Tuberculosis (TB) Disease and Latent TB Infection: Symptoms, Risk Factors & Treatment
Tuberculosis (TB) is a disease caused by bacteria that are spread through the air from person to person. If not treated properly, TB disease can be fatal. People infected with TB bacteria who are not sick may still need treatment to prevent TB disease from developing in the future.
Learn to recognize the symptoms of TB disease and find out if you are at risk.
Anyone Can Get TB
Jackie had a cough that became so bad she had to stop what she was doing. Her coughing led to dizziness and nausea – seemingly out of nowhere.
After about a month of thinking it was a lingering cold, or possibly the flu, she decided to see a doctor.
Eventually, Jackie was diagnosed with TB disease.
“I was shocked that tuberculosis was still around,” says Jackie.
Khayr was tested for TB as part of the college application process. His doctor told him he had latent TB infection. Latent TB infection is a condition in which a person is infected with TB bacteria but does not currently have active TB disease.
Khayr was prescribed treatment for latent TB infection to prevent the development of TB disease, but he did not complete the full course of treatment.
A few years later, he began experiencing symptoms of TB disease.
“While I was going to college… I had started losing a lot of weight and then I started getting night sweats… I’d wake up, you know, completely soaked,” Khayr recalls.
Khayr’s symptoms continued to worsen. Eventually he was diagnosed with TB disease and began treatment.
“I think the biggest misconception I had about TB when I was diagnosed with it, when I had the latent [TB] infection… was that it wasn’t a serious disease,” says Khayr.
Anyone can get TB. TB is preventable and treatable, but TB remains the world’s deadliest infectious-disease killer. TB is not a disease of the past. Too many people in the United States still suffer from TB.
People with TB can be found in every state; in rural areas and cities; in schools, workplaces, homes; and in many other places where people are in close contact (for example, homeless shelters, correctional facilities, nursing homes, and residential homes for those with HIV).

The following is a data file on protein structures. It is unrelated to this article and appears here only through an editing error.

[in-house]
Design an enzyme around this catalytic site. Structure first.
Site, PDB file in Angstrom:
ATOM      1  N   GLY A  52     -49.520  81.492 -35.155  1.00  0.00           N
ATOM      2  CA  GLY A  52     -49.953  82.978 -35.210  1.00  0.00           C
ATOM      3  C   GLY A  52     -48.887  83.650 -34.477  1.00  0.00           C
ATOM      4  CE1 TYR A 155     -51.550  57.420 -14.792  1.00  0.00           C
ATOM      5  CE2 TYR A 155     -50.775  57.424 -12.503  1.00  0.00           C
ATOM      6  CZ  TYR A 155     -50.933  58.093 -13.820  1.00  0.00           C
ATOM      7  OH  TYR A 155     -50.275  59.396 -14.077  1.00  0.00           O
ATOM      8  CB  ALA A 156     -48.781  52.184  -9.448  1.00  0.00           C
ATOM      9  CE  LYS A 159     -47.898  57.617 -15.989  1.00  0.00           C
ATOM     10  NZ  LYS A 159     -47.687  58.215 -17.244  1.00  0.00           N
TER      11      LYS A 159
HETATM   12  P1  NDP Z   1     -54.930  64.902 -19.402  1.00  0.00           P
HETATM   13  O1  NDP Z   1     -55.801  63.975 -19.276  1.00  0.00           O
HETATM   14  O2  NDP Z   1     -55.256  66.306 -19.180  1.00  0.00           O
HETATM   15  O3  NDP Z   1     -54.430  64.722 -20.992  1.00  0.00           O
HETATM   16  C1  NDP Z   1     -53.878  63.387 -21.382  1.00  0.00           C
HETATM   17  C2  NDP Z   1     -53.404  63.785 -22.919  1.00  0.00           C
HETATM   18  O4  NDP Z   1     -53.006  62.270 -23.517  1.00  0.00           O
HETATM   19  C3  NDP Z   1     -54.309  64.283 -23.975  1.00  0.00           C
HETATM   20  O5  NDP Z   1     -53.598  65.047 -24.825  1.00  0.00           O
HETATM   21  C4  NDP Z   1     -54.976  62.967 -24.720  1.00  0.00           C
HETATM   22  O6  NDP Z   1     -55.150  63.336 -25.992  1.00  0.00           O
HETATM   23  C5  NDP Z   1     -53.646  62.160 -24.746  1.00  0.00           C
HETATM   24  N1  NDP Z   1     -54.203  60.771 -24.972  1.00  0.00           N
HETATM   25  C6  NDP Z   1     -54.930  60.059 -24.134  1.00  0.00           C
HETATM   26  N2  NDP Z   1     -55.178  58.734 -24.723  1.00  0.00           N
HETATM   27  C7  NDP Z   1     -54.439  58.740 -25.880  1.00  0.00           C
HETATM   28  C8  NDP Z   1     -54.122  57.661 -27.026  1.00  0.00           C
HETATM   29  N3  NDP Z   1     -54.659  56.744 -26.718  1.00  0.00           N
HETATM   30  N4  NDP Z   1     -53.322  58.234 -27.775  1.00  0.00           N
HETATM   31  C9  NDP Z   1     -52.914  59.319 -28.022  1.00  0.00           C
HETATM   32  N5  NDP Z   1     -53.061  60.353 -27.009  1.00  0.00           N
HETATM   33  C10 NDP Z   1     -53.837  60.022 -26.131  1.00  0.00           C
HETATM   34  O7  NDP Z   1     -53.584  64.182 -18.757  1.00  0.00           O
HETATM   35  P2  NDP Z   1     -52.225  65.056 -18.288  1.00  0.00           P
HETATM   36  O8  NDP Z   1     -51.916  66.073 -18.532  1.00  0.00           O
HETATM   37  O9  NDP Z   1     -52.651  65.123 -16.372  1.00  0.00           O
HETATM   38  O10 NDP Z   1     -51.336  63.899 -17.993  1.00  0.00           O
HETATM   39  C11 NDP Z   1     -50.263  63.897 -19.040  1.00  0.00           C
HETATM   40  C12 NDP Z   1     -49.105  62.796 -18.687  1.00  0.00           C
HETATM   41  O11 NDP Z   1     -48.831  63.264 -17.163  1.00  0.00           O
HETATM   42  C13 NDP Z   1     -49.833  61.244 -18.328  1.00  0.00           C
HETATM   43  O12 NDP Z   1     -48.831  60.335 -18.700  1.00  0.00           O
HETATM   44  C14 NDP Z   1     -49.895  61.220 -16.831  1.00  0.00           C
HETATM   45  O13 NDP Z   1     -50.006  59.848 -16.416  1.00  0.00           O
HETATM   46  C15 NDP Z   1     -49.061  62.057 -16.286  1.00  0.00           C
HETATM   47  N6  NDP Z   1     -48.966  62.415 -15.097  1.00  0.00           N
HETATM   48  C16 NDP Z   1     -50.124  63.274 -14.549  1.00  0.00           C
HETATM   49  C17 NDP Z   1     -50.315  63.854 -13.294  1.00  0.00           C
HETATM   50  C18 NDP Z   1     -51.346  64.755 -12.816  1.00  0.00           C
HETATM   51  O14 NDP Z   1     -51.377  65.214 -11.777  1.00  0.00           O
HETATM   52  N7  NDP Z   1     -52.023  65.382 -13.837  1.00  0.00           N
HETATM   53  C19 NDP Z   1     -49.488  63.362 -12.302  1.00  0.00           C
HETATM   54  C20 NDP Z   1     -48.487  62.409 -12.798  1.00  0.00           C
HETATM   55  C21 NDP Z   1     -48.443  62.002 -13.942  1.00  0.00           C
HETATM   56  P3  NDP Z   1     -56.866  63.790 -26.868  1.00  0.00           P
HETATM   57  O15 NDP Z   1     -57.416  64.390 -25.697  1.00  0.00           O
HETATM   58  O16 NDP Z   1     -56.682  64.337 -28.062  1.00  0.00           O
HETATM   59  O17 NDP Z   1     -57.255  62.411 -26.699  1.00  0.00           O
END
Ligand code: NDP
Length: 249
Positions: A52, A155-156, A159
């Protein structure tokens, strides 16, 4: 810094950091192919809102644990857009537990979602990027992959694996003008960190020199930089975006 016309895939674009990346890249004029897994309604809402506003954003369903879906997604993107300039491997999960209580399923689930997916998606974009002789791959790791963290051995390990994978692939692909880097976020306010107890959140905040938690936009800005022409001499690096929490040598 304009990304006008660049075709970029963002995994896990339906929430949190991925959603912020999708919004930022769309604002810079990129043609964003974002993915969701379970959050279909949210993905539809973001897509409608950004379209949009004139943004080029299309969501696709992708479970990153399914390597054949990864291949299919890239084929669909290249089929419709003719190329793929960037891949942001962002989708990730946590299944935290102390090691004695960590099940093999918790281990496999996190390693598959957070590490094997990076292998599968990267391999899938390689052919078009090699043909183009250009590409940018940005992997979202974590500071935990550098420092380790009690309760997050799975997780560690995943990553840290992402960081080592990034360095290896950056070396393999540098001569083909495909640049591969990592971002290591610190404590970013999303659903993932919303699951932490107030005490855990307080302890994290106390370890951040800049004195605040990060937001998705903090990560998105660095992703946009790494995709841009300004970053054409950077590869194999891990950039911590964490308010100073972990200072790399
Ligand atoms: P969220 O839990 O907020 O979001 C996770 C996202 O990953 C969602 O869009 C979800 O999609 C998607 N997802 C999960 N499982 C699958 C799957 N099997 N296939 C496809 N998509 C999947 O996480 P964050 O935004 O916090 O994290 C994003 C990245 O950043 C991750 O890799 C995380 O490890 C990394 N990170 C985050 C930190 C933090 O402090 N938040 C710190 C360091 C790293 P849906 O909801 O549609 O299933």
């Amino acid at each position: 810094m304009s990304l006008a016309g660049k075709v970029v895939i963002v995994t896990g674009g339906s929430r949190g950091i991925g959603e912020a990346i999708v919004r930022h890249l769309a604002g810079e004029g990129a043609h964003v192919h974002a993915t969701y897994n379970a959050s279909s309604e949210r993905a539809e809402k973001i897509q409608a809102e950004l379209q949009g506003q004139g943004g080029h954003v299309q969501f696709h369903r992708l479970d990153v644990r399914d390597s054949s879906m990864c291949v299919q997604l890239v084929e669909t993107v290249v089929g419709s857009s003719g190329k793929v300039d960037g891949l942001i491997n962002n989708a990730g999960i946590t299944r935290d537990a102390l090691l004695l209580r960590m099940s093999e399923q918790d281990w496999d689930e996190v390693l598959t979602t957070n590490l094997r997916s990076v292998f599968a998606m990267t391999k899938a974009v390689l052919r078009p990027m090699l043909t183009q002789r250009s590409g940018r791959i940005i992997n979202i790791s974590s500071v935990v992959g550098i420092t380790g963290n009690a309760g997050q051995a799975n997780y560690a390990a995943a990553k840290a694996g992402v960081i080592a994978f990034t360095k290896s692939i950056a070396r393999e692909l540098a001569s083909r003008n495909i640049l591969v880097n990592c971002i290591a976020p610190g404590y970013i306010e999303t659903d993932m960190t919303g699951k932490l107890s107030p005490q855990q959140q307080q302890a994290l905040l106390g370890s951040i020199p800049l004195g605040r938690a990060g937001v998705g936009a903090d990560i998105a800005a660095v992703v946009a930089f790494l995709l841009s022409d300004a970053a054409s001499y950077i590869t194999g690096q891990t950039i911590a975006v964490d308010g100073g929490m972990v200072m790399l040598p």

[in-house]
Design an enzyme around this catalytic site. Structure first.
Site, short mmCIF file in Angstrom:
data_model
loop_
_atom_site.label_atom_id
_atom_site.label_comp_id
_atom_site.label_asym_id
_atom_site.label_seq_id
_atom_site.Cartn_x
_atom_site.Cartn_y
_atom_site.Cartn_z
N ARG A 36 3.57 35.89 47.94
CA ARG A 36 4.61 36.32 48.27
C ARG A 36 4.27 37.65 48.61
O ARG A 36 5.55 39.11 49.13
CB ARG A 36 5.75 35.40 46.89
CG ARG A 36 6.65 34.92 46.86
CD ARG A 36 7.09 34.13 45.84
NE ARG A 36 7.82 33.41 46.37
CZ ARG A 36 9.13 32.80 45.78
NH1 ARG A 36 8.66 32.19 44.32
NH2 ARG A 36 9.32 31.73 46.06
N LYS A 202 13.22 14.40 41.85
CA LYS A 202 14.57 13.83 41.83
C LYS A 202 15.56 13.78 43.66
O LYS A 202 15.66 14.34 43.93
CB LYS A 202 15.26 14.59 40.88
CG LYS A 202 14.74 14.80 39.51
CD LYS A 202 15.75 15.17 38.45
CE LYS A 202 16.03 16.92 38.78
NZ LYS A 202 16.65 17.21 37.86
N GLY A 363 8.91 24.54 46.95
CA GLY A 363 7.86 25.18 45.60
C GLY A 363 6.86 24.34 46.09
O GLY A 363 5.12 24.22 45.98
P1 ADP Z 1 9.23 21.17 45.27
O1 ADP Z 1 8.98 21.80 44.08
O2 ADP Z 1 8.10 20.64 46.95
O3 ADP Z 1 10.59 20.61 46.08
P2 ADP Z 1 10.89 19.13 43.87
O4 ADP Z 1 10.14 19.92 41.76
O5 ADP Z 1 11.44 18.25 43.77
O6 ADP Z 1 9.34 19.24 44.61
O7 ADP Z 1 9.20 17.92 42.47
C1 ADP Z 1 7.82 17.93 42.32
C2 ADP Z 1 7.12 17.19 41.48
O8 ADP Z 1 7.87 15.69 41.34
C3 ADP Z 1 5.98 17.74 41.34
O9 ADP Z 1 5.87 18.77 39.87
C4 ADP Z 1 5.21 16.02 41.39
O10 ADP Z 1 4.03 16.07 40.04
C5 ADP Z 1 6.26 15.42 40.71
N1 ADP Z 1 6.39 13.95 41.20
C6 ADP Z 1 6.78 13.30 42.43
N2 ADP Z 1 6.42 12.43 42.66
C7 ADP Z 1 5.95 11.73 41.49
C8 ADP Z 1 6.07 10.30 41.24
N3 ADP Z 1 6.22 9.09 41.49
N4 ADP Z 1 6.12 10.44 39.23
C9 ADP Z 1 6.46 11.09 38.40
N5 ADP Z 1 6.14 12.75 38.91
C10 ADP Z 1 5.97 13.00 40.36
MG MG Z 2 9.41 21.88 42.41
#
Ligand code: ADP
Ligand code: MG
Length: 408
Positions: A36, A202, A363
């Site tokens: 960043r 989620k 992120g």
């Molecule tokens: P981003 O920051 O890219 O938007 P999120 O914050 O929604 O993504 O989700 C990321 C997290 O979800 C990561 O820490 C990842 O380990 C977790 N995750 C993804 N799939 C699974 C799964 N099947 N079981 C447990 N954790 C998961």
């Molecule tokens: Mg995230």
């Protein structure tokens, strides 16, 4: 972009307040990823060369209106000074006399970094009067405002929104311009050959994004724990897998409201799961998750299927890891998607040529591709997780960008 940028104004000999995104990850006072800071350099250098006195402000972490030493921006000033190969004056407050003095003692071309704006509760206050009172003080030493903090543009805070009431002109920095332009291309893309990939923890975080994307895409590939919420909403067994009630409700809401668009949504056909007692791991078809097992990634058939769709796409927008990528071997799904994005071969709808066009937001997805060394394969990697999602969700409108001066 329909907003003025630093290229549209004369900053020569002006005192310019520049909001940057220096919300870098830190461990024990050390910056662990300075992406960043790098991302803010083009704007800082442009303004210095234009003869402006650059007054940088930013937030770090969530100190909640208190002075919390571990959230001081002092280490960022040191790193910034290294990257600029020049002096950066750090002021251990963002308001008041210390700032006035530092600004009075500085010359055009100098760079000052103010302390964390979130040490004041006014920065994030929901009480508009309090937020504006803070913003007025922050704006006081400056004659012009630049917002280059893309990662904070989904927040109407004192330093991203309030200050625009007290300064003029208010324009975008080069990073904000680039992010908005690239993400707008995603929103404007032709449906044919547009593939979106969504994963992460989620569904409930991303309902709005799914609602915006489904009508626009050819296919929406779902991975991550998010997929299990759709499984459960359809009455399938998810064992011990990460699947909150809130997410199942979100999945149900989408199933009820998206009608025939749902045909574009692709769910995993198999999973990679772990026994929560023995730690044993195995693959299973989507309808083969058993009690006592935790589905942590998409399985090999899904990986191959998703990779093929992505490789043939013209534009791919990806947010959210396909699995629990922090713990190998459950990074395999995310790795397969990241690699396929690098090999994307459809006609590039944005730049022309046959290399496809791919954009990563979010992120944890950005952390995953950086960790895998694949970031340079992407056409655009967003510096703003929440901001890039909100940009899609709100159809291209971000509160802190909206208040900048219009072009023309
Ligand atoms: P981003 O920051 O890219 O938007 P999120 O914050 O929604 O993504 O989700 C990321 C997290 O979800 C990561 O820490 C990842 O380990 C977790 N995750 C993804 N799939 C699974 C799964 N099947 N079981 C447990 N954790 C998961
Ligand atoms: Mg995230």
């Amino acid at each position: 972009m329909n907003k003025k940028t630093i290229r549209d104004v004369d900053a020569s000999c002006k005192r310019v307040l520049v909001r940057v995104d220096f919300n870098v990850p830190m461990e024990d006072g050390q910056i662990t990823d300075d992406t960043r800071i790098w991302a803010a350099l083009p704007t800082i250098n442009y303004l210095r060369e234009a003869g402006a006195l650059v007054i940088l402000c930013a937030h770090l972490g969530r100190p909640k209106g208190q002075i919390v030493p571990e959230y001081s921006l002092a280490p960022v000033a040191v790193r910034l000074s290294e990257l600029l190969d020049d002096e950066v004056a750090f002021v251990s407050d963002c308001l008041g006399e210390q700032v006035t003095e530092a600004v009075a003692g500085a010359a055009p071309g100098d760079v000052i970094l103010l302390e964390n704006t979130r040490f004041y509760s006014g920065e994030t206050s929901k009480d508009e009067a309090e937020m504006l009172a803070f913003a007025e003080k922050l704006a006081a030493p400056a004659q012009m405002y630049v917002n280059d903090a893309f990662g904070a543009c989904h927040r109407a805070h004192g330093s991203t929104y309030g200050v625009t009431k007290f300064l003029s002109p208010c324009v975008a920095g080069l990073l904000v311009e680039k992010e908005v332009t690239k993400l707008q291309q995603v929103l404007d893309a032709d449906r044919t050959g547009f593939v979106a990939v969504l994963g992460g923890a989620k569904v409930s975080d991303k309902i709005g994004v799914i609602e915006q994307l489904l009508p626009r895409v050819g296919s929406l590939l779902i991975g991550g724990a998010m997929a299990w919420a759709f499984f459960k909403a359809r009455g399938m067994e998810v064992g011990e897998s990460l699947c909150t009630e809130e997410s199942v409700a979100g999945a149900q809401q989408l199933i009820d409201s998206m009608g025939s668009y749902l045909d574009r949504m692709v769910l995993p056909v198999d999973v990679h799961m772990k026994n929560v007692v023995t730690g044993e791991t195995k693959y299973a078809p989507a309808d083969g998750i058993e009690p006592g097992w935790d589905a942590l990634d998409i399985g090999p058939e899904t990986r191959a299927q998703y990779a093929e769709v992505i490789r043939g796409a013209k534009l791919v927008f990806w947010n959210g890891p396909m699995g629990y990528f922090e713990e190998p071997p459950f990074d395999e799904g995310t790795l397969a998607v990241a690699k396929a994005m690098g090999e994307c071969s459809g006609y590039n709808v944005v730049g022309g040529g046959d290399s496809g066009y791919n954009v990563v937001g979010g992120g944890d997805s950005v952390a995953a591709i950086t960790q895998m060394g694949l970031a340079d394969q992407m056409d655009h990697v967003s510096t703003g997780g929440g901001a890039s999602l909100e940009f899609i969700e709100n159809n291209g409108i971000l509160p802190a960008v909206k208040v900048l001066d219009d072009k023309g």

Latent TB Infection and TB Disease
The bacteria that cause TB is spread through the air from person to person when a person with TB disease coughs, speaks, or sings. People nearby may breathe in these bacteria and become infected. There are two types of TB conditions: latent TB infection and TB disease.
TB bacteria can live in the body without making you sick. This is called latent TB infection. In most people who breathe in TB bacteria and become infected, the body is able to fight the bacteria to stop them from growing. People with latent TB infection do not feel sick, do not have any symptoms, and cannot spread TB bacteria to others.
If TB bacteria become active in the body and multiply, the person will go from having latent TB infection to being sick with TB disease. For this reason, people with latent TB infection are often prescribed treatment to prevent them from developing TB disease.
People with TB disease usually have symptoms and may spread TB bacteria to others.
TB bacteria most commonly grow in the lungs, and can cause symptoms such as:
- A bad cough that lasts 3 weeks or longer
- Pain in the chest
- Coughing up blood or sputum (mucus from deep inside the lungs)
Other symptoms of TB disease may include:
- Weakness or fatigue
- Weight loss
- No appetite
- Sweating at night
TB disease can be treated by taking medicine. It is very important that people who have TB disease are treated, finish the medicine, and take the drugs exactly as prescribed. If they stop taking the drugs too soon, they can become sick again; if they do not take the drugs correctly, the TB bacteria that are still alive may become resistant to those drugs. TB that is resistant to drugs is harder and more expensive to treat.
TB Risk Factors
Anyone can get TB, but certain people should be tested for TB infection because they are at higher risk for being infected with TB bacteria, including:
- People who have spent time with someone who has TB disease
- People from a country where TB disease is common (most countries in Latin America, the Caribbean, Africa, Asia, Eastern Europe, and Russia)
- People who live or work in high-risk settings (for example: correctional facilities, long-term care facilities or nursing homes, and homeless shelters)
- Health-care workers who care for patients at increased risk for TB disease
- Infants, children, and adolescents exposed to adults who are at increased risk for latent tuberculosis infection or TB disease
Eliminating TB in the United States
Millions of people in the United States have latent TB infection.
Without treatment, they are at risk for developing TB disease.
Treatment of latent TB infection is essential to controlling and eliminating TB in the United States.
If you think you may have latent TB infection, TB disease, or were exposed to someone with TB disease, contact your health care provider or your TB control office.
TB Personal Stories
Hear the personal experiences of several people who were diagnosed and treated for TB disease, as well as the work of TB control professionals.